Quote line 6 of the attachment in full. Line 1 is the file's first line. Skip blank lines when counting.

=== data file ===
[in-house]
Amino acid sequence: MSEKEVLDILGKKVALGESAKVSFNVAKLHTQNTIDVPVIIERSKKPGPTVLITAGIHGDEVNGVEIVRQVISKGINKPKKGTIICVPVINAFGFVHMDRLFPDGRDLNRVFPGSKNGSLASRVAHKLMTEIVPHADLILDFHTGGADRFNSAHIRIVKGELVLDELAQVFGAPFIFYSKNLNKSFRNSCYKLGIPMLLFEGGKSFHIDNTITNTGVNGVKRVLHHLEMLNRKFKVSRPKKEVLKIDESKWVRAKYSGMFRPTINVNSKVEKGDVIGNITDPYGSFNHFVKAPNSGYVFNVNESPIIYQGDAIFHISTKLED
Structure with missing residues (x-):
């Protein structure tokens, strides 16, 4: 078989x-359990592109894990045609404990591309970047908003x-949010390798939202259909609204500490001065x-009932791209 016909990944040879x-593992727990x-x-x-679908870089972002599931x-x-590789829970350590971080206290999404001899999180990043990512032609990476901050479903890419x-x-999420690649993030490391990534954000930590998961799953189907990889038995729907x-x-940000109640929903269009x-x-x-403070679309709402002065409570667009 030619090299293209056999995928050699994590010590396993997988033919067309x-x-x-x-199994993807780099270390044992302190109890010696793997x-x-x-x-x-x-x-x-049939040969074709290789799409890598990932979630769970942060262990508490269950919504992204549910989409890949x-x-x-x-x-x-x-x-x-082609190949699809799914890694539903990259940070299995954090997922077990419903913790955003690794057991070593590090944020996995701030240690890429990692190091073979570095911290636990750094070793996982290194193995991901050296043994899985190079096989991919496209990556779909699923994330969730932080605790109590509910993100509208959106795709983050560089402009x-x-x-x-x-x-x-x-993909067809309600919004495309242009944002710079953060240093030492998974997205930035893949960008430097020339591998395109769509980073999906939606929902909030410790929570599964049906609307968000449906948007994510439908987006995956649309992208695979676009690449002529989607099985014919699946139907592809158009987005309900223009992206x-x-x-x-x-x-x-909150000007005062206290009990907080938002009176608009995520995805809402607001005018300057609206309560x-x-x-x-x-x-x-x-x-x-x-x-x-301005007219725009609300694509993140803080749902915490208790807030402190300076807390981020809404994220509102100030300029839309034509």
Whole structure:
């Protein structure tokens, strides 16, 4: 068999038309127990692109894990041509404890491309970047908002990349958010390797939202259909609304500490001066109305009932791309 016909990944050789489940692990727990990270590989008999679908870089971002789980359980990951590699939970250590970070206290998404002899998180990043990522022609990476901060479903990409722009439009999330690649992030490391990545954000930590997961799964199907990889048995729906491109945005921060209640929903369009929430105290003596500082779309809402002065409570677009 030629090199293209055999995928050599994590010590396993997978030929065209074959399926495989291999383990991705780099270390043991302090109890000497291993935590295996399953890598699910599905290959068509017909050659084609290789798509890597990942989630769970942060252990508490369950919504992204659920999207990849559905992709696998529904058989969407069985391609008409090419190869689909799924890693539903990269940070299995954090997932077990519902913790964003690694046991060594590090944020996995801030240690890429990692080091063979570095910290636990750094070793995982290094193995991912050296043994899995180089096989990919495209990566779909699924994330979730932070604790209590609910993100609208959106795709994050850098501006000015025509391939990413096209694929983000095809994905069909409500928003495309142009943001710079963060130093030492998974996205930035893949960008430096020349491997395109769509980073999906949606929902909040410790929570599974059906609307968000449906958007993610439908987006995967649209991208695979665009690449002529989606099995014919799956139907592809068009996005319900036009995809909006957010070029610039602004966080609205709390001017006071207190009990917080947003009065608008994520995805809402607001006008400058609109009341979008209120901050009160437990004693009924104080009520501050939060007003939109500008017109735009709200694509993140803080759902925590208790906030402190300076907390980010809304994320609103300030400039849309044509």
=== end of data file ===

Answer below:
């Protein structure tokens, strides 16, 4: 068999038309127990692109894990041509404890491309970047908002990349958010390797939202259909609304500490001066109305009932791309 016909990944050789489940692990727990990270590989008999679908870089971002789980359980990951590699939970250590970070206290998404002899998180990043990522022609990476901060479903990409722009439009999330690649992030490391990545954000930590997961799964199907990889048995729906491109945005921060209640929903369009929430105290003596500082779309809402002065409570677009 030629090199293209055999995928050599994590010590396993997978030929065209074959399926495989291999383990991705780099270390043991302090109890000497291993935590295996399953890598699910599905290959068509017909050659084609290789798509890597990942989630769970942060252990508490369950919504992204659920999207990849559905992709696998529904058989969407069985391609008409090419190869689909799924890693539903990269940070299995954090997932077990519902913790964003690694046991060594590090944020996995801030240690890429990692080091063979570095910290636990750094070793995982290094193995991912050296043994899995180089096989990919495209990566779909699924994330979730932070604790209590609910993100609208959106795709994050850098501006000015025509391939990413096209694929983000095809994905069909409500928003495309142009943001710079963060130093030492998974996205930035893949960008430096020349491997395109769509980073999906949606929902909040410790929570599974059906609307968000449906958007993610439908987006995967649209991208695979665009690449002529989606099995014919799956139907592809068009996005319900036009995809909006957010070029610039602004966080609205709390001017006071207190009990917080947003009065608008994520995805809402607001006008400058609109009341979008209120901050009160437990004693009924104080009520501050939060007003939109500008017109735009709200694509993140803080759902925590208790906030402190300076907390980010809304994320609103300030400039849309044509």